West Nile Prevention Program

Mosquito Biting Finger

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The program is designed to reduce the threat of West Nile Virus which is transmitted to humans through bites by infected mosquitoes.

There are 43 known species of mosquitoes in South Dakota and only nineteen are known vectors of West Nile Virus. It is estimated that less than 1% of mosquitoes are infected with the West Nile Virus. Less than 1% of the people bitten by infected mosquitoes will get seriously ill. The chances are very small that you will be infected with the disease, but, even one case of West Nile Virus is considered one case too many.

Ways to Reduce Exposure

To reduce exposure to mosquitoes and the risk of becoming infected with West Nile Virus, the following steps are also recommended:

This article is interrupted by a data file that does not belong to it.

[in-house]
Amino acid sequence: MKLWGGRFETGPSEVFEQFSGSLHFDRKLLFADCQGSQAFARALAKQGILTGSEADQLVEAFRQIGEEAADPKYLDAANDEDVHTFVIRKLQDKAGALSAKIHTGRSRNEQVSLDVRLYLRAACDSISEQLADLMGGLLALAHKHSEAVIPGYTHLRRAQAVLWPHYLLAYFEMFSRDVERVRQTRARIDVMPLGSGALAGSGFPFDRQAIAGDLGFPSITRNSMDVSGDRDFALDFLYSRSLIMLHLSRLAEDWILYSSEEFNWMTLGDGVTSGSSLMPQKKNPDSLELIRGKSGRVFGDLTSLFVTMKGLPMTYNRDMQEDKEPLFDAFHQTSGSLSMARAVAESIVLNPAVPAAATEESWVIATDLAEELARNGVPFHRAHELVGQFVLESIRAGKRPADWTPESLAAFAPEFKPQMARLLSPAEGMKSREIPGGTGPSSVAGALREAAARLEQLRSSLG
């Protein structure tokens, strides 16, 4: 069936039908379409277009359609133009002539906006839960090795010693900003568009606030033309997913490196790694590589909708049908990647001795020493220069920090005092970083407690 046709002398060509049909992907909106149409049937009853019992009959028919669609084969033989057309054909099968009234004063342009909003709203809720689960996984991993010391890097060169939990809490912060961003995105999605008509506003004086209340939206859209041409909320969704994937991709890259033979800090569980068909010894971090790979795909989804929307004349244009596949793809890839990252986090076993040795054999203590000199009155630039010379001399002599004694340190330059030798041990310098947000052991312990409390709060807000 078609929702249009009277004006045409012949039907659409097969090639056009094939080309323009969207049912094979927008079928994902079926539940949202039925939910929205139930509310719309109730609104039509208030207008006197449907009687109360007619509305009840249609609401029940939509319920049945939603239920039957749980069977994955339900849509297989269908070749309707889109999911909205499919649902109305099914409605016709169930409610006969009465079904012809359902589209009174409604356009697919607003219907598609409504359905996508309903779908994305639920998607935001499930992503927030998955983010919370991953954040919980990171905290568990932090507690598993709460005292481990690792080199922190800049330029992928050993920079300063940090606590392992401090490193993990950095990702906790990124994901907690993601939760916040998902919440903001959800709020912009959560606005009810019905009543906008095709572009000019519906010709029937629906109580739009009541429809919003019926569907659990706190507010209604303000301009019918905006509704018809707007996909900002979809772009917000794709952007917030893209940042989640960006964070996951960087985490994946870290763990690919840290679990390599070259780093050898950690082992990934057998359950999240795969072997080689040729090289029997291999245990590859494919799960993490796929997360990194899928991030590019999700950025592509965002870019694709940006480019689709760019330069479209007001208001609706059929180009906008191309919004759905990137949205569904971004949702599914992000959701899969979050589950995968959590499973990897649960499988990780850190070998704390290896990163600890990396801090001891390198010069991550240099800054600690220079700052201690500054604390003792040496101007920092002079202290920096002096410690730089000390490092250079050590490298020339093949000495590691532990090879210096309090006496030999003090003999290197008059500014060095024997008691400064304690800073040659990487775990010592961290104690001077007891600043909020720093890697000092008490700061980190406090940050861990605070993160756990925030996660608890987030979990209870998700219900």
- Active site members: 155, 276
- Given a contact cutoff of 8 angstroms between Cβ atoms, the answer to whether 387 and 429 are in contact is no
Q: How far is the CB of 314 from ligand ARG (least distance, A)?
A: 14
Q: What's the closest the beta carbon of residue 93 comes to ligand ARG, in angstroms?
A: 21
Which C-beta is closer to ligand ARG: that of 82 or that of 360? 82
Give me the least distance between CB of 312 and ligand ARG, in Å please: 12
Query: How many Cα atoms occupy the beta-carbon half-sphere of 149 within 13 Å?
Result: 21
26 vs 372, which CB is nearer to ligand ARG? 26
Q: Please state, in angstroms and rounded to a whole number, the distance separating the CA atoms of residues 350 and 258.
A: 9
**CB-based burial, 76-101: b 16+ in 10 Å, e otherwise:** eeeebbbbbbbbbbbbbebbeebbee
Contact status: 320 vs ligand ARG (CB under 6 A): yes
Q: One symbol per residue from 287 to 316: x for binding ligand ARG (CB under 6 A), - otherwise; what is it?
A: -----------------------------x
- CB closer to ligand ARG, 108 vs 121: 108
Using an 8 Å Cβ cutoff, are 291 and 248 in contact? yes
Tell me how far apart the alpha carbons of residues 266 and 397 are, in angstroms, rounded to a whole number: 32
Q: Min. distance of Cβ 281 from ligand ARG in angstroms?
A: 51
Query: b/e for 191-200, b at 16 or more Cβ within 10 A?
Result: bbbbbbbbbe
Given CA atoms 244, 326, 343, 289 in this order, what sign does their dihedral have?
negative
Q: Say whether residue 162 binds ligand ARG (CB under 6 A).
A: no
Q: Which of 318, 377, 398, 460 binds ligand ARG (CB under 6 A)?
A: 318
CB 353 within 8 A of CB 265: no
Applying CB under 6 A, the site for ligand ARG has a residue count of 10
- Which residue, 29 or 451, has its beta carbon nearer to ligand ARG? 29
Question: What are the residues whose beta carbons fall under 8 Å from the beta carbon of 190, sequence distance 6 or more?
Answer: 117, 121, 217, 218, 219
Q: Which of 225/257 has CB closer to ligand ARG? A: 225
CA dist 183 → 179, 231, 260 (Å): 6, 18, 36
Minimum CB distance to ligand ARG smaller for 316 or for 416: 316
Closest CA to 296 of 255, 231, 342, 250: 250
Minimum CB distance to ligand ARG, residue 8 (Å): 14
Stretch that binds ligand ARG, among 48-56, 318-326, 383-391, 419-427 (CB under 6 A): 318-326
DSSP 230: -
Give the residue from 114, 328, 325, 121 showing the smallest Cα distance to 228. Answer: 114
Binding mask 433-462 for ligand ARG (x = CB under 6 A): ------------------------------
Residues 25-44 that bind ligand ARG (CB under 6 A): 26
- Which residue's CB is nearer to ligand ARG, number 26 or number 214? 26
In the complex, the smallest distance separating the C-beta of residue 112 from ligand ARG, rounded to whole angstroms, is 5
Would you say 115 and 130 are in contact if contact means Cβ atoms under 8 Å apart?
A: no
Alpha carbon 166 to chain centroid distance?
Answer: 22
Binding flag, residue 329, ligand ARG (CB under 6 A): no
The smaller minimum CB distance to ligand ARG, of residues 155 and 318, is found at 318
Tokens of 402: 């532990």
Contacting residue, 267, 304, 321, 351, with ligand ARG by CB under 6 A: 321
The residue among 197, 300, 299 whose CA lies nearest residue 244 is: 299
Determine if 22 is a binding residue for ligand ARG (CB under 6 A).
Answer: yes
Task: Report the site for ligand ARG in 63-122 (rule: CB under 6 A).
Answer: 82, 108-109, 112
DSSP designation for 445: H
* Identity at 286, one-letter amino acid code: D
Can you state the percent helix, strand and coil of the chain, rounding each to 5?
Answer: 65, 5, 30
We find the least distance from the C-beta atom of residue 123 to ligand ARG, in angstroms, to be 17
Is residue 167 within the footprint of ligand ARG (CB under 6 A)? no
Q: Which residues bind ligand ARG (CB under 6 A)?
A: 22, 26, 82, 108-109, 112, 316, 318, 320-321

1. Stay indoors at dawn, dusk, and in the early evening.
  2. Wear light colored, long-sleeved shirts and long pants made of tightly woven materials whenever you are outdoors.
  3. Spray clothing with mosquito repellents containing picaridin, IR3535, oil of lemon eucalyptus (OLE) or para-menthane-diol (PMD) products, 2-undecanone, or DEET since mosquitoes may bite through thin clothing.  For recommendations on mosquito repellent, go to the following website:  https://www.cdc.gov/westnile/prevention/index.html.
  4. Apply mosquito repellent sparingly to exposed skin.
  5. Mosquito repellents may irritate the eyes and mouth, so avoid applying repellent to the hands of children.
  6. Whenever you use mosquito spray or an insect repellent, be sure to read and follow the manufacturer’s directions for use, as printed on the product.
  7. Turn off any lights that can attract mosquitoes. Use yellow bug lights; for outdoor lighting. Yellow lights are less attractive to insects.
  8. Keep grass and weeds cut short to reduce mosquito hiding places.
  9. Screens on windows and doors should be bug tight.

Additional Information

Below are links to additional information concerning the city's West Nile Prevention Program and West Nile Virus: